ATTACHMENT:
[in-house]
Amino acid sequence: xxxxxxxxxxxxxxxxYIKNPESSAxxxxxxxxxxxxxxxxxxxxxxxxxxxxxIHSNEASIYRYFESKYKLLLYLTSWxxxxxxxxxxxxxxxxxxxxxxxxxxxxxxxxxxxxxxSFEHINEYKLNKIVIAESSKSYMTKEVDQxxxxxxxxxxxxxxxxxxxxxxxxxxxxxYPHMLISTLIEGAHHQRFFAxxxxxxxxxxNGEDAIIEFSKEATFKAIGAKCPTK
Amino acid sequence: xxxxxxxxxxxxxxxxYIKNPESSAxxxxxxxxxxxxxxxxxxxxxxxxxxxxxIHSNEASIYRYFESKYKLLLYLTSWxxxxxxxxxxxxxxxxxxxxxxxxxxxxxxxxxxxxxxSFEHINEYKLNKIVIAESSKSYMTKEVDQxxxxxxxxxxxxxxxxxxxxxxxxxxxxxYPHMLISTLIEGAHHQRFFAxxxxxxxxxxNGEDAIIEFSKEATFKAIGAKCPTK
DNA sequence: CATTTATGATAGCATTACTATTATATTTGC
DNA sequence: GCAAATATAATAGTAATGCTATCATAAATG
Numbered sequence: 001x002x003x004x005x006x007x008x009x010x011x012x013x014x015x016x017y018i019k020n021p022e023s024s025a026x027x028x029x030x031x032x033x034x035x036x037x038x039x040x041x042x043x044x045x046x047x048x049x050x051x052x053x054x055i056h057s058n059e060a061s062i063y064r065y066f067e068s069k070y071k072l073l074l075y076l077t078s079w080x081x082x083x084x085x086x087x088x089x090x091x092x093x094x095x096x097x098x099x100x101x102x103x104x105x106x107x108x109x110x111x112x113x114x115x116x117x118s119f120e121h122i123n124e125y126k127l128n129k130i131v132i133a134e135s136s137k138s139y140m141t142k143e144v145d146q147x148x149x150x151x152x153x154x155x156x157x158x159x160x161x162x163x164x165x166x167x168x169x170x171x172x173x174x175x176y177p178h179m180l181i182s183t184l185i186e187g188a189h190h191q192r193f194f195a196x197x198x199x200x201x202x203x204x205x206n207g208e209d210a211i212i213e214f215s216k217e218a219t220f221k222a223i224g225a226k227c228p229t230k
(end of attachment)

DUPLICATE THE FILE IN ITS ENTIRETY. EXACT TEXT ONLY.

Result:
[in-house]
Amino acid sequence: xxxxxxxxxxxxxxxxYIKNPESSAxxxxxxxxxxxxxxxxxxxxxxxxxxxxxIHSNEASIYRYFESKYKLLLYLTSWxxxxxxxxxxxxxxxxxxxxxxxxxxxxxxxxxxxxxxSFEHINEYKLNKIVIAESSKSYMTKEVDQxxxxxxxxxxxxxxxxxxxxxxxxxxxxxYPHMLISTLIEGAHHQRFFAxxxxxxxxxxNGEDAIIEFSKEATFKAIGAKCPTK
Amino acid sequence: xxxxxxxxxxxxxxxxYIKNPESSAxxxxxxxxxxxxxxxxxxxxxxxxxxxxxIHSNEASIYRYFESKYKLLLYLTSWxxxxxxxxxxxxxxxxxxxxxxxxxxxxxxxxxxxxxxSFEHINEYKLNKIVIAESSKSYMTKEVDQxxxxxxxxxxxxxxxxxxxxxxxxxxxxxYPHMLISTLIEGAHHQRFFAxxxxxxxxxxNGEDAIIEFSKEATFKAIGAKCPTK
DNA sequence: CATTTATGATAGCATTACTATTATATTTGC
DNA sequence: GCAAATATAATAGTAATGCTATCATAAATG
Numbered sequence: 001x002x003x004x005x006x007x008x009x010x011x012x013x014x015x016x017y018i019k020n021p022e023s024s025a026x027x028x029x030x031x032x033x034x035x036x037x038x039x040x041x042x043x044x045x046x047x048x049x050x051x052x053x054x055i056h057s058n059e060a061s062i063y064r065y066f067e068s069k070y071k072l073l074l075y076l077t078s079w080x081x082x083x084x085x086x087x088x089x090x091x092x093x094x095x096x097x098x099x100x101x102x103x104x105x106x107x108x109x110x111x112x113x114x115x116x117x118s119f120e121h122i123n124e125y126k127l128n129k130i131v132i133a134e135s136s137k138s139y140m141t142k143e144v145d146q147x148x149x150x151x152x153x154x155x156x157x158x159x160x161x162x163x164x165x166x167x168x169x170x171x172x173x174x175x176y177p178h179m180l181i182s183t184l185i186e187g188a189h190h191q192r193f194f195a196x197x198x199x200x201x202x203x204x205x206n207g208e209d210a211i212i213e214f215s216k217e218a219t220f221k222a223i224g225a226k227c228p229t230k